Back in the 1950s, a soldier was killed in a barracks fire. His family sued the government for negligence that led to his wrongful death. The Supreme Court determined that the federal government could not be held liable for his death because he was an active member of the military. Because the soldier's last name was Feres, this decision by the Supreme Court, which has stood ever since, is called the Feres Doctrine. In defense of this doctrine, the government states that service members are compensated in other ways, such as through disability assistance available to veterans, pensions, and VA medical care.

This serves as little consolation to the most recent service member to challenge the Feres Doctrine. In July 2009, and Air Force airman went to a military medical center in California to have his gall bladder removed. During the surgery, a doctor cut his aorta, causing massive internal bleeding that was not corrected until he was transferred to a civilian hospital several hours later. By then, he had lost so much blood that both of his legs had to be amputated. He has so little of his legs left that his prosthetics are uncomfortable to wear and he spends most of his time in a wheelchair. He is only 23 years old. He and his wife have filed a medical malpractice lawsuit against the government requesting over $50 million in damages to compensate for lost income, pain and suffering, disfigurement, and loss of a marital relationship, among other things.

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April 3, 2012

Overcorrecting While Driving Often Leads to Injuries in Kentucky Car Accidents

On March 28, 2012, a 55-year-old driver lost his life in a car accident. He was driving in Vanceburg, Kentucky when his car left the road. He overcorrected, sending the car across the road and into an embankment on the other side. He was ejected from the car when it rolled over and died from his injuries.

Unfortunately this type of accident is not unusual. Over four percent of the car accidents that ended in fatalities in 2011 were caused by overcorrecting. As the above story shows, drivers of any age may become victims of overcorrecting, but young, inexperienced drivers are the most susceptible. In Virginia alone, 244 accidents in 2011 resulted from teenage drivers overcorrecting when their cars left the road. Drivers' education instructors to traffic engineers and everyone in between are discussing what may be causing these car accidents and what can be done to prevent them.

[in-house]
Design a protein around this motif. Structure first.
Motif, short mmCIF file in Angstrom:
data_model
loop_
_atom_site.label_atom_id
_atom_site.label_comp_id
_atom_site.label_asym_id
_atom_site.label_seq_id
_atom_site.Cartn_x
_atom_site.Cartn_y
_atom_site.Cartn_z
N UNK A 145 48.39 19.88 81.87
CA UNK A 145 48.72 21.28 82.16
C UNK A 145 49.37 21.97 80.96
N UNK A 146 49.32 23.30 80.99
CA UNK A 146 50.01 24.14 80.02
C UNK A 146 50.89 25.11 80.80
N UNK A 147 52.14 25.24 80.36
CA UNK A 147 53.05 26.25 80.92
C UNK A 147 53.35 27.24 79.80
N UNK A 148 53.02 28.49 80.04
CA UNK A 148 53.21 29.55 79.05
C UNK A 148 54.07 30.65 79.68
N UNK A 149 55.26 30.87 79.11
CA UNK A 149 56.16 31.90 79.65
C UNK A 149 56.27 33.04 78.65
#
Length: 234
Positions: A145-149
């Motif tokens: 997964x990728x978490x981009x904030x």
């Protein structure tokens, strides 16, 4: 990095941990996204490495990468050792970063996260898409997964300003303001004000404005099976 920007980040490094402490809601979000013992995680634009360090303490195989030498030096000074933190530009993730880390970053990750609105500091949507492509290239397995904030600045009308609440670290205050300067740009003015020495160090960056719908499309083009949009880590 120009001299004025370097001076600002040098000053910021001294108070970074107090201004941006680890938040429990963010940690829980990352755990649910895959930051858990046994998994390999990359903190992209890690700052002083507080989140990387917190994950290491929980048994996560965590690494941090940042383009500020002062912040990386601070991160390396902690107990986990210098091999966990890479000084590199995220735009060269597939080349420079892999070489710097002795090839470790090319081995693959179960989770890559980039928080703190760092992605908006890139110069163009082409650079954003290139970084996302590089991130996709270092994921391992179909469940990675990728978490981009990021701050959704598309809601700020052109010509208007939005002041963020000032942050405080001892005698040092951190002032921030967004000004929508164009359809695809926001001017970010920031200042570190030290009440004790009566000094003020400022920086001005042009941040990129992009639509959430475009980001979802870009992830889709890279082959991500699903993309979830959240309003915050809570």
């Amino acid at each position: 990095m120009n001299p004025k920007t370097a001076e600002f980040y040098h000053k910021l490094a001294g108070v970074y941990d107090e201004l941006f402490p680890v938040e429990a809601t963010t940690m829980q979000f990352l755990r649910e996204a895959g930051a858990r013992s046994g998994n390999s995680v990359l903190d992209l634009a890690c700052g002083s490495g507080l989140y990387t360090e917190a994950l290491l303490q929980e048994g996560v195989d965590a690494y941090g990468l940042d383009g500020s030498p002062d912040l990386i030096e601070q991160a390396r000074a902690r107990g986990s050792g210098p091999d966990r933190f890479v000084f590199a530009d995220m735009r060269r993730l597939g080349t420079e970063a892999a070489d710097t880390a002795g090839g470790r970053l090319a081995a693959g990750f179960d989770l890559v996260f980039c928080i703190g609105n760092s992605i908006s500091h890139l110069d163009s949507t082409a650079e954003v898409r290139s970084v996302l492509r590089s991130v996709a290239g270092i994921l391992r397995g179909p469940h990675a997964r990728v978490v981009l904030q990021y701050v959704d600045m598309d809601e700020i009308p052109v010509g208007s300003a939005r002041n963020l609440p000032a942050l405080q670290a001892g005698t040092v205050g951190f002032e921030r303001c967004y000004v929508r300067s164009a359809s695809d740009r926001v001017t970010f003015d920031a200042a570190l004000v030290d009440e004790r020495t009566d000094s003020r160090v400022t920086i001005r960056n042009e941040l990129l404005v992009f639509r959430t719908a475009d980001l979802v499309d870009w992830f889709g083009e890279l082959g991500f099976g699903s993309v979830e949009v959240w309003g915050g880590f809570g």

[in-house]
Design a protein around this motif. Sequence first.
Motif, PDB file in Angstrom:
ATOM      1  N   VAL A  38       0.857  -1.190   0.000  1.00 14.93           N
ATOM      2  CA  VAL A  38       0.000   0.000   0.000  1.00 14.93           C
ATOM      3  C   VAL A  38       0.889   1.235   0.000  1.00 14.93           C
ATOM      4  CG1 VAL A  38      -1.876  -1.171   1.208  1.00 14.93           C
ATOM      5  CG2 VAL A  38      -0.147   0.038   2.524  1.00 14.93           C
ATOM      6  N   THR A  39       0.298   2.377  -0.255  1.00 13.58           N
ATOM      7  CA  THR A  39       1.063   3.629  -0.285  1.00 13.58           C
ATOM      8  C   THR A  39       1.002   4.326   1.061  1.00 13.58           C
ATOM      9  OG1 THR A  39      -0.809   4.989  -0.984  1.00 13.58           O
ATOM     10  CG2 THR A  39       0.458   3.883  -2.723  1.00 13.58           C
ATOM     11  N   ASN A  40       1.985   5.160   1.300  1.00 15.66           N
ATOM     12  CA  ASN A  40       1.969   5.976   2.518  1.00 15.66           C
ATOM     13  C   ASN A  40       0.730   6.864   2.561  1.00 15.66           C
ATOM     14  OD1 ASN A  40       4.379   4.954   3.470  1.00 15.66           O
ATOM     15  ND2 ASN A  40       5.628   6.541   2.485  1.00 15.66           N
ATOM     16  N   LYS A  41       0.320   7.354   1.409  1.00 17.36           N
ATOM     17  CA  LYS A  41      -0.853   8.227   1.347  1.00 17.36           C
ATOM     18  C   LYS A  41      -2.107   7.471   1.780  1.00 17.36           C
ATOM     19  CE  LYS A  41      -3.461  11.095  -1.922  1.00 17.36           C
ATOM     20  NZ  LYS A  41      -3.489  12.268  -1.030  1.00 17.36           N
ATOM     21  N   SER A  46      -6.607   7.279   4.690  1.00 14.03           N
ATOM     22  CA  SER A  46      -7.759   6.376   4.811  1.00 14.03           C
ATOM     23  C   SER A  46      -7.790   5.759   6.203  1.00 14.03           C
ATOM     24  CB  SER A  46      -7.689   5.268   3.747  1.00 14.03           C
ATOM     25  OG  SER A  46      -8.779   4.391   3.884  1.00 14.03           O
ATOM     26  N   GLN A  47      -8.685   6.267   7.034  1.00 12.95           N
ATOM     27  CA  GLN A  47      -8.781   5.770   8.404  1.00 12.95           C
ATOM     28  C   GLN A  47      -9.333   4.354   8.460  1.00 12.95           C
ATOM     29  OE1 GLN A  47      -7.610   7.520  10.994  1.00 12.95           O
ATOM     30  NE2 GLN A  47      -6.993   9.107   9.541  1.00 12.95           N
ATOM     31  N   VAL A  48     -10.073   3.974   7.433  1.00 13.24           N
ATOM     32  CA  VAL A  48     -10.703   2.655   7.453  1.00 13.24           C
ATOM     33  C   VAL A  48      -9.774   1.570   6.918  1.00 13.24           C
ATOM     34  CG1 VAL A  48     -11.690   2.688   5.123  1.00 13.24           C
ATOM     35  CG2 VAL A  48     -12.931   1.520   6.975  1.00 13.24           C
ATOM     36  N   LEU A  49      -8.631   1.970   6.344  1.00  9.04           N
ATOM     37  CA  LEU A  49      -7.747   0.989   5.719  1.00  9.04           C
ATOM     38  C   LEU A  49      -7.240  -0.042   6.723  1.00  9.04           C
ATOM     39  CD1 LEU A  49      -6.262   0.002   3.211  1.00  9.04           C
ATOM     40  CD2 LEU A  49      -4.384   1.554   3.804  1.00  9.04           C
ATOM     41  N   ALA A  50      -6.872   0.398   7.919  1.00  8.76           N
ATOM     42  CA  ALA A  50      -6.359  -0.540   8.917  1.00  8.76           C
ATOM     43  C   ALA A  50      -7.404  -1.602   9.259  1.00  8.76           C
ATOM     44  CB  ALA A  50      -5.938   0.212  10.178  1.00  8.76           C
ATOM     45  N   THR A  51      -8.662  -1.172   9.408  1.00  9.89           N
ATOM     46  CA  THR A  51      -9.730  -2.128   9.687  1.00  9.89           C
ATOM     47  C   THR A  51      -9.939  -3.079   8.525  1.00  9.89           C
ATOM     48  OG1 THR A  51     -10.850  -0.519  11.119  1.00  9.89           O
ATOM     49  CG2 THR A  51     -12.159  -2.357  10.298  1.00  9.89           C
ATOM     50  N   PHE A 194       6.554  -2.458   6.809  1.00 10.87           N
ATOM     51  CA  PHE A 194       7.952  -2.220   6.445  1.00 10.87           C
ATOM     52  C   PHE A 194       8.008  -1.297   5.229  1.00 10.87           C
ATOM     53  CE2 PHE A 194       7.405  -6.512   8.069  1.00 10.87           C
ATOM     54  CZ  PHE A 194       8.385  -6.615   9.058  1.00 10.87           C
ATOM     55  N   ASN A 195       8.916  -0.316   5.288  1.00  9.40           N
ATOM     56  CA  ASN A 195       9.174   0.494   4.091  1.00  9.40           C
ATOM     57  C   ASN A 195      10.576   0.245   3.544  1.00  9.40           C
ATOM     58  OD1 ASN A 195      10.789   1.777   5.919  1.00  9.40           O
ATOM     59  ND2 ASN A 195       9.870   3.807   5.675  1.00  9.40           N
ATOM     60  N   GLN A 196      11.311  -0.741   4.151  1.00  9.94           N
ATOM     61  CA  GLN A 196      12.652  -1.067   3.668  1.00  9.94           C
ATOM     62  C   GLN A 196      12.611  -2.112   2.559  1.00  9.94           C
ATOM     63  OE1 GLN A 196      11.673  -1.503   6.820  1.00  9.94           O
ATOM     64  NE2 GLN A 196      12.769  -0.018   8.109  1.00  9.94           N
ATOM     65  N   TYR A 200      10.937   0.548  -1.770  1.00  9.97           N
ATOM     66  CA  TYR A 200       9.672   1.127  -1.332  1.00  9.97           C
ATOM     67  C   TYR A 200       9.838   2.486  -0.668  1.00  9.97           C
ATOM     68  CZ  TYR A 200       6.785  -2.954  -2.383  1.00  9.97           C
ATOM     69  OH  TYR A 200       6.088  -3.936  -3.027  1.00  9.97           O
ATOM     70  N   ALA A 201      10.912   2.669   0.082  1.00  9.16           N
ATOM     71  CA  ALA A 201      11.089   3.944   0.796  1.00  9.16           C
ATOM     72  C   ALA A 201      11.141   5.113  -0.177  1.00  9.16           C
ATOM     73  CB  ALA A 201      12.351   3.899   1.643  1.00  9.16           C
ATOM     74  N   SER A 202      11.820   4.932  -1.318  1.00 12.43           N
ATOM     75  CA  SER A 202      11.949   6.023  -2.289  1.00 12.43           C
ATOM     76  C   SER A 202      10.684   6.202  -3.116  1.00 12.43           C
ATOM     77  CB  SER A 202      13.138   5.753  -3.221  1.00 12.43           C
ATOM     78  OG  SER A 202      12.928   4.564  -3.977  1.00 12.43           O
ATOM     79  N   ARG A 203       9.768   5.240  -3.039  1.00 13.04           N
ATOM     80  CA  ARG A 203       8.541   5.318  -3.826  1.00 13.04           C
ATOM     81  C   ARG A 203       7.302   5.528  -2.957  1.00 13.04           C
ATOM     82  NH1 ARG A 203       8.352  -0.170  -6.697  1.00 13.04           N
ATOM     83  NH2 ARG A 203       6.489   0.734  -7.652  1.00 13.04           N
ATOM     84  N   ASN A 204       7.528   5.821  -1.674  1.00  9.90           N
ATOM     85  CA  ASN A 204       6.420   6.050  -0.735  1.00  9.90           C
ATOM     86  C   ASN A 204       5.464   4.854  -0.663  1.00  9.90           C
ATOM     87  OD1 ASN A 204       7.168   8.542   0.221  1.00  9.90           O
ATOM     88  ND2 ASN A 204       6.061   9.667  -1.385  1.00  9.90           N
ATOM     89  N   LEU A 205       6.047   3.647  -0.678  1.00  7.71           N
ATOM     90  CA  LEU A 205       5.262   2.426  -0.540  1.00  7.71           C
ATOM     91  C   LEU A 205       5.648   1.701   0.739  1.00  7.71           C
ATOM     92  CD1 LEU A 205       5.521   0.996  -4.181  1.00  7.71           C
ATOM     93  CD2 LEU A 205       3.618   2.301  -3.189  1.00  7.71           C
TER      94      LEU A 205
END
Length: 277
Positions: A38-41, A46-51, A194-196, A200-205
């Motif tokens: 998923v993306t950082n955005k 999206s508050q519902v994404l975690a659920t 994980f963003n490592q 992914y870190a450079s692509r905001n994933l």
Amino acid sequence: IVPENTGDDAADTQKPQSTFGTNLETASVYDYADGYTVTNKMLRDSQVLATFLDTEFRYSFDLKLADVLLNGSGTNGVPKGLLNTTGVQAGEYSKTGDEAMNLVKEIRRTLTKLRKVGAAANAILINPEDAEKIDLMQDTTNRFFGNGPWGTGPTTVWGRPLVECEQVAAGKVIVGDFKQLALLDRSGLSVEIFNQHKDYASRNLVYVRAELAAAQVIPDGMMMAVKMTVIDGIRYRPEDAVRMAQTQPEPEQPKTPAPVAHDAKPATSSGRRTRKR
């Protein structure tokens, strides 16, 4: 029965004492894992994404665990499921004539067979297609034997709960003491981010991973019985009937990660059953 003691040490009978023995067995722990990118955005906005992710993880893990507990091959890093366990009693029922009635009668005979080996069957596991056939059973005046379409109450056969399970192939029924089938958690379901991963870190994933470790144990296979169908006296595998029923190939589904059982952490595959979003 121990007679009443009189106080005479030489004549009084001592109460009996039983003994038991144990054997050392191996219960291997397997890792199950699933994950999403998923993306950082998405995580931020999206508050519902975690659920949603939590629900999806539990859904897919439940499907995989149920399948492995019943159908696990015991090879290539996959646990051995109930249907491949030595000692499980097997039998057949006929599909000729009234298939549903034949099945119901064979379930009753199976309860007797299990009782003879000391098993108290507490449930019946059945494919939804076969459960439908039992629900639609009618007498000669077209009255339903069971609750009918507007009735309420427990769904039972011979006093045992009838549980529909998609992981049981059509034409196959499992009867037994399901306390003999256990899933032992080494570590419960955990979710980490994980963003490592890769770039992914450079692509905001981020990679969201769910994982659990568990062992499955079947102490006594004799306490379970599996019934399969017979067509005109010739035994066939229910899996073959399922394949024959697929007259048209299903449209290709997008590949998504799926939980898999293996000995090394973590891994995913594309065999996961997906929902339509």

Some high school drivers' education programs are now including instruction on what to do if the car leaves the road. While some only discuss it in the classroom, others are practicing it on the road. One instructor grabs the wheel and intentionally steers the car off the road, then allows the student driver to practice returning to the pavement safely. This exercise is done at varying speeds, first slowly, then gradually adding speed. Another instructor covers overcorrecting in the classroom portion of drivers' education, stating that it would be unsafe to practice the maneuver at the speed that a typical overcorrecting accident would occur.

In both instances, however, the lesson is the same. If your car or truck leaves the road, take your foot off the gas pedal and continue going straight until you slow down. At that point, find a safe place to re-enter the road and do so slowly with your blinker on when traffic allows. This may sound like common sense, but common sense often disappears when you suddenly hit the rumble strip and find half of your car off the road. The key is to stay calm and react accordingly.